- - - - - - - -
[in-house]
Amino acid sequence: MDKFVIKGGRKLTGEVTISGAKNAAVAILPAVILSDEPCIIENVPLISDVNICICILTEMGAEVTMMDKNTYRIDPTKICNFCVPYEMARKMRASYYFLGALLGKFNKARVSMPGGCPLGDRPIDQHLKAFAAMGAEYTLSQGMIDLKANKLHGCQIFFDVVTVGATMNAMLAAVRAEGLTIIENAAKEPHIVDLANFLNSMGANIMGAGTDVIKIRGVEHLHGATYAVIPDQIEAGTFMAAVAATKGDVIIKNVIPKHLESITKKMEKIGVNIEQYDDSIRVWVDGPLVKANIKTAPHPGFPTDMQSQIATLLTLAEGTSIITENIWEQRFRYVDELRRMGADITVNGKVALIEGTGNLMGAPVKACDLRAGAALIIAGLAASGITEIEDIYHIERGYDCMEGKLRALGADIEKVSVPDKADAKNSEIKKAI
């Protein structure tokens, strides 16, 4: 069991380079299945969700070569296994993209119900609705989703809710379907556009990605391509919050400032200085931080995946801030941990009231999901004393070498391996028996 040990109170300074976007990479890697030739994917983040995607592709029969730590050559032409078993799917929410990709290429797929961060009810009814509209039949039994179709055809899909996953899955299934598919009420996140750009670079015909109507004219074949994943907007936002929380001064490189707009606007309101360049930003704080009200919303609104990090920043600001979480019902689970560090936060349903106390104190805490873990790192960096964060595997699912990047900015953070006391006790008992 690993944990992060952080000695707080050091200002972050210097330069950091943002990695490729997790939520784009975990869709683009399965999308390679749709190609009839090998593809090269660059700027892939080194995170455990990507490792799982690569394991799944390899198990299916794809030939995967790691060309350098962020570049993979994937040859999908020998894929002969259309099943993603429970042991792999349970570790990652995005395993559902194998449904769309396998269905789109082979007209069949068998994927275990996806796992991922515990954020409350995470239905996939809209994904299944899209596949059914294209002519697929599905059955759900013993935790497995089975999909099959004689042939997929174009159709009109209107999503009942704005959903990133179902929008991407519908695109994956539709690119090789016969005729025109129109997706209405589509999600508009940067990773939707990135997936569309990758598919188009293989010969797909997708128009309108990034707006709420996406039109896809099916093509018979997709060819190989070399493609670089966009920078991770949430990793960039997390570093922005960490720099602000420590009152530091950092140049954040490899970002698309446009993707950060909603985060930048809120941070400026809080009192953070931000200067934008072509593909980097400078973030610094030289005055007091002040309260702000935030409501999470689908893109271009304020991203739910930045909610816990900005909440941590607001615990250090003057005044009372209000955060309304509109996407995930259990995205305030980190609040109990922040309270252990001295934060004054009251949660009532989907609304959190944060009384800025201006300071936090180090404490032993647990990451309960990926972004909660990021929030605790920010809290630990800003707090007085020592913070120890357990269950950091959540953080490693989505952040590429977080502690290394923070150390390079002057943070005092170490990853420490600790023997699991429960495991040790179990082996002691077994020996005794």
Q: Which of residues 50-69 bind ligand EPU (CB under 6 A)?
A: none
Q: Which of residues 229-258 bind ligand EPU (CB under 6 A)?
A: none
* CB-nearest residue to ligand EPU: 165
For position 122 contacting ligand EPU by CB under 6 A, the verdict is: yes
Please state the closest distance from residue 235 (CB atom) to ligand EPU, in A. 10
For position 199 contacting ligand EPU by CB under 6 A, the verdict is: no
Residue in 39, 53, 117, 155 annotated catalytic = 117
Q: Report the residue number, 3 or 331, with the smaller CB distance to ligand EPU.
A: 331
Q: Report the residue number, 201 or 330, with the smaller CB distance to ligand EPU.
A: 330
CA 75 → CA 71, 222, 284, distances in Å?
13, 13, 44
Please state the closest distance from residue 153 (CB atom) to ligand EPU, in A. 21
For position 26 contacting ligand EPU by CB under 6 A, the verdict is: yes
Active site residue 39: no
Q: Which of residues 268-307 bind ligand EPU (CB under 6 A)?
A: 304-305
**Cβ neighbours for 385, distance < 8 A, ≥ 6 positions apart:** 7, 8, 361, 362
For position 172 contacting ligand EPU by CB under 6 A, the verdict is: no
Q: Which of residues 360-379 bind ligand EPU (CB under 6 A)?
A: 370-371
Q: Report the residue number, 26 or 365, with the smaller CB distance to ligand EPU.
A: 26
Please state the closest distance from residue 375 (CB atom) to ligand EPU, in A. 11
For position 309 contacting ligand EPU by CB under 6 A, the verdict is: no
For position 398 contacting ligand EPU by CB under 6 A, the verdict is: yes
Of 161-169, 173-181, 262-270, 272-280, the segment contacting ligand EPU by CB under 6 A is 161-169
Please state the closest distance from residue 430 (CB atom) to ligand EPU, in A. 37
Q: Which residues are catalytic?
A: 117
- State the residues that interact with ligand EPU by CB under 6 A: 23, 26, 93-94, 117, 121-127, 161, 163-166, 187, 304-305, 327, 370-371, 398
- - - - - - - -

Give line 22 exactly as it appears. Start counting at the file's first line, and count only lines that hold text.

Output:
Q: Which of residues 268-307 bind ligand EPU (CB under 6 A)?